Getting to Know Cucumbers for Garden and Kitchen
Part 2 of 3: Cucumber Characteristics and Terminology
It’s easy to confuse terminology describing characteristics of cucumbers with actual type or cultivar of cucumber. “Seedless” and “burpless” are not distinct cultivars of cucumber, but describe characteristics that may be found in many different varieties. For example, you may find a seedless English slicer, or a burpless Persian or Japanese type.
Terms for understanding cucumber characteristics:
Burpless varieties are bred to be easier to digest, usually with thinner skins and later formation of seeds.
Greenhouse varieties are bred to be grown in greenhouses, and need equivalent conditions to yield well. They are more commonly grown commercially than in home gardens.
Gynoecious cucumbers produce mostly or entirely female flowers, and therefore they produce more fruits on average per plant. Gynoecious varieties are mixed with standard cucumbers in large or commercial plantings to increase overall yield.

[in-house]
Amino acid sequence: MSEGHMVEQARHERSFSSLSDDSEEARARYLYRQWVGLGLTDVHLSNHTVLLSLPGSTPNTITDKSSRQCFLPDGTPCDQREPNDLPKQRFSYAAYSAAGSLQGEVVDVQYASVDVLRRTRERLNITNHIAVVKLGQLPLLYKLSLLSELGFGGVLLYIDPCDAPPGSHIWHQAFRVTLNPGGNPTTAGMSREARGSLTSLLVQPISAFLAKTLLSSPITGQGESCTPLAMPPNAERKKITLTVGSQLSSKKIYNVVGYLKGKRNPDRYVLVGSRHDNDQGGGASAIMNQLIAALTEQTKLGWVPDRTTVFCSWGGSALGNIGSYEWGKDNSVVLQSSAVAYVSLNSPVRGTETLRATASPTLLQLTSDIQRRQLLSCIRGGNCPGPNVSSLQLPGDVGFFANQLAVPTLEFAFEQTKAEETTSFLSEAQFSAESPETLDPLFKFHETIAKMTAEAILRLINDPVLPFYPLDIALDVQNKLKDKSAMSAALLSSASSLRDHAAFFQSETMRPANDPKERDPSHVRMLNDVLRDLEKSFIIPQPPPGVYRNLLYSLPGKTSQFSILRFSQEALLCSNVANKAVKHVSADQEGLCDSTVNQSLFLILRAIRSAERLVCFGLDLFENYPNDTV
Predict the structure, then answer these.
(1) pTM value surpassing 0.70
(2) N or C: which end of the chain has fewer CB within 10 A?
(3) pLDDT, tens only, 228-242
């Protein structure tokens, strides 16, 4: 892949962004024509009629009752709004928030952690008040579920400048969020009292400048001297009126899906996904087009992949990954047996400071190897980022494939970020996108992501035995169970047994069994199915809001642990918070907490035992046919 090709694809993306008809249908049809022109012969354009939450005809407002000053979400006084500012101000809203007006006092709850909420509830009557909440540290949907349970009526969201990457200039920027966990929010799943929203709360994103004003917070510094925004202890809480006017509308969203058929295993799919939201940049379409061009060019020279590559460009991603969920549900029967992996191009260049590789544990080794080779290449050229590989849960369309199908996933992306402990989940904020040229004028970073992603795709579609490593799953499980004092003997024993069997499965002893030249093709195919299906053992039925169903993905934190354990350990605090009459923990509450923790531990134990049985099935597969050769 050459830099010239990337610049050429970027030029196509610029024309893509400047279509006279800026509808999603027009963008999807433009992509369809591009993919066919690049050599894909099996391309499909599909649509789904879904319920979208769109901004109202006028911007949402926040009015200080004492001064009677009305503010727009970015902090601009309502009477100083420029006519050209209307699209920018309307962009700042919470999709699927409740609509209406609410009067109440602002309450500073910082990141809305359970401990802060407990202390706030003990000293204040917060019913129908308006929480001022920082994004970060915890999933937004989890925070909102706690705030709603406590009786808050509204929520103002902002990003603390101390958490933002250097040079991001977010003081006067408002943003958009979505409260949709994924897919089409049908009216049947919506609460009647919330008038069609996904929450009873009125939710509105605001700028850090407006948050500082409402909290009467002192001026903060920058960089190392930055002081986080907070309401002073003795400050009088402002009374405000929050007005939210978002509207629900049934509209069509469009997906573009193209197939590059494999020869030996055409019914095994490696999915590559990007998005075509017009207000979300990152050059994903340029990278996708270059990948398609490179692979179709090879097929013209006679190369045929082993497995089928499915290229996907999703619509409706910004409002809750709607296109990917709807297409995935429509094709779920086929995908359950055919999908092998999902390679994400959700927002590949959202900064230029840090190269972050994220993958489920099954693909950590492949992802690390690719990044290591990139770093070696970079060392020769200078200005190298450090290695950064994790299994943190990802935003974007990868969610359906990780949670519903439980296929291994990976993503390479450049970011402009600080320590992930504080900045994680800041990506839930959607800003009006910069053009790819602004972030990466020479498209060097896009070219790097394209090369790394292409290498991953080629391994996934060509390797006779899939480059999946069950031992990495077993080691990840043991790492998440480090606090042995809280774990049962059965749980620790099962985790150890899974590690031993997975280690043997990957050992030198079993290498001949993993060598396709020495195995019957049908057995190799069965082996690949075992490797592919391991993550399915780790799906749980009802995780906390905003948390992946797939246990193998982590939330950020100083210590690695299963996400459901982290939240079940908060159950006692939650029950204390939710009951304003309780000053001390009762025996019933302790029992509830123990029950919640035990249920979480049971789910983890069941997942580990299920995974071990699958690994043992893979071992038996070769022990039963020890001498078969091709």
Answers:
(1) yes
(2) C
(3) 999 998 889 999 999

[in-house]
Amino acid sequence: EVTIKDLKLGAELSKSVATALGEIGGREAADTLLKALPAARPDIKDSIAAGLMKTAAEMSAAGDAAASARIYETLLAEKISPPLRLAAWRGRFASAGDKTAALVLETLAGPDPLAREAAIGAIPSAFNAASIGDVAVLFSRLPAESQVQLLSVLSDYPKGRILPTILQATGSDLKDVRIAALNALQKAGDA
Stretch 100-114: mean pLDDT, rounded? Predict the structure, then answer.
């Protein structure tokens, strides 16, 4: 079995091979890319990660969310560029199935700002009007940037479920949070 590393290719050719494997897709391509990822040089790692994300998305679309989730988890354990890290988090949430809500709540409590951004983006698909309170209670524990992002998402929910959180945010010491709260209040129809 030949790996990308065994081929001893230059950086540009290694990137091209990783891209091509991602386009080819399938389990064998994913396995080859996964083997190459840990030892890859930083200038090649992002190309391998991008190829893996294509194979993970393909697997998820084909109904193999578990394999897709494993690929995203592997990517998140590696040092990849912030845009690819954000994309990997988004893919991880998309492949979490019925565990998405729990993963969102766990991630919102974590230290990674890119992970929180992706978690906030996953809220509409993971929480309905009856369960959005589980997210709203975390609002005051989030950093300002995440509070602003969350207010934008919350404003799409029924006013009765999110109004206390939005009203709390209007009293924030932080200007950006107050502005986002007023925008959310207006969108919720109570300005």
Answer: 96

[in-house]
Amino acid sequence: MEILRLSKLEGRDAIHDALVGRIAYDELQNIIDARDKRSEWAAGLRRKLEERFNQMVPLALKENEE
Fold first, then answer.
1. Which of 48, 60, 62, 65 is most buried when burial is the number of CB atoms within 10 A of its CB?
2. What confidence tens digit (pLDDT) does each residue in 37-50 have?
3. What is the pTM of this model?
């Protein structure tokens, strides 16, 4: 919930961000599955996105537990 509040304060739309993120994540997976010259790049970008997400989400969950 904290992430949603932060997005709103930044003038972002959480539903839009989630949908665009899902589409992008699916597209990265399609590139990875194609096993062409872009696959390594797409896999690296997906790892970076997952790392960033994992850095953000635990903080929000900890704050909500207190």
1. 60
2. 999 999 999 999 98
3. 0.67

Parthenocarpic varieties have been bred to produce fruits without pollination. Parthenocarpic varieties are usually described as seedless, but not all seedless varieties are parthenocarpic. Parthenocarpic varieties will produce seeds if they are pollinated by standard varieties.
Seedless varieties don’t produce seeds, or they produce seeds later in the process of fruit maturation. Some varieties are called “seedless” simply because they have delayed seed production, while others are parthenocarpic and won’t produce seeds at all if grown apart from standard varieties.
Spineless varieties produce fruits without the small spines or bumps that typical of many pickling cucumbers.
Other articles in this series:
Part 1: Two Basic Cucumber Decisions: Slicers Versus Picklers, and Vining Versus Bush Types
Part 3: A Guide to Cucumber Types